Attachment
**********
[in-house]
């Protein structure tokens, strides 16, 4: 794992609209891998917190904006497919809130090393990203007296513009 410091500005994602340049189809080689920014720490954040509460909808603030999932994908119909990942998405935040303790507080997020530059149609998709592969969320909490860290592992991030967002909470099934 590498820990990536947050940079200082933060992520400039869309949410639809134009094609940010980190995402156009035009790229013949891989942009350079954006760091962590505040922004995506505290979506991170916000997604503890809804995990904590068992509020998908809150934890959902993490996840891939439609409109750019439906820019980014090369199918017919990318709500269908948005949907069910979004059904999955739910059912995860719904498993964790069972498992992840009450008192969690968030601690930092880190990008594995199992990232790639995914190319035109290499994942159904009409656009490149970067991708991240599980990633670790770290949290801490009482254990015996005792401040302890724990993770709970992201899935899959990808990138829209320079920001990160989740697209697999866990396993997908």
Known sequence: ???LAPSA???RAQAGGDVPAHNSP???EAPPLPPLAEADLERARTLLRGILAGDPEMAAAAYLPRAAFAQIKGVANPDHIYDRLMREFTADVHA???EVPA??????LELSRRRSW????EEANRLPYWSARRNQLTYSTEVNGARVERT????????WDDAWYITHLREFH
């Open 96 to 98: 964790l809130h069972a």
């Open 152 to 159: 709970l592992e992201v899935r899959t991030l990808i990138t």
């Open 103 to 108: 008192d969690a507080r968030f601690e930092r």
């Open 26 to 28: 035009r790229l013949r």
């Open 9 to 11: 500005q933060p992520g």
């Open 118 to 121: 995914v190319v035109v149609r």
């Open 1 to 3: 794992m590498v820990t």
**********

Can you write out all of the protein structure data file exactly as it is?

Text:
[in-house]
């Protein structure tokens, strides 16, 4: 794992609209891998917190904006497919809130090393990203007296513009 410091500005994602340049189809080689920014720490954040509460909808603030999932994908119909990942998405935040303790507080997020530059149609998709592969969320909490860290592992991030967002909470099934 590498820990990536947050940079200082933060992520400039869309949410639809134009094609940010980190995402156009035009790229013949891989942009350079954006760091962590505040922004995506505290979506991170916000997604503890809804995990904590068992509020998908809150934890959902993490996840891939439609409109750019439906820019980014090369199918017919990318709500269908948005949907069910979004059904999955739910059912995860719904498993964790069972498992992840009450008192969690968030601690930092880190990008594995199992990232790639995914190319035109290499994942159904009409656009490149970067991708991240599980990633670790770290949290801490009482254990015996005792401040302890724990993770709970992201899935899959990808990138829209320079920001990160989740697209697999866990396993997908």
Known sequence: ???LAPSA???RAQAGGDVPAHNSP???EAPPLPPLAEADLERARTLLRGILAGDPEMAAAAYLPRAAFAQIKGVANPDHIYDRLMREFTADVHA???EVPA??????LELSRRRSW????EEANRLPYWSARRNQLTYSTEVNGARVERT????????WDDAWYITHLREFH
């Open 96 to 98: 964790l809130h069972a």
């Open 152 to 159: 709970l592992e992201v899935r899959t991030l990808i990138t």
């Open 103 to 108: 008192d969690a507080r968030f601690e930092r």
């Open 26 to 28: 035009r790229l013949r």
């Open 9 to 11: 500005q933060p992520g």
């Open 118 to 121: 995914v190319v035109v149609r």
């Open 1 to 3: 794992m590498v820990t």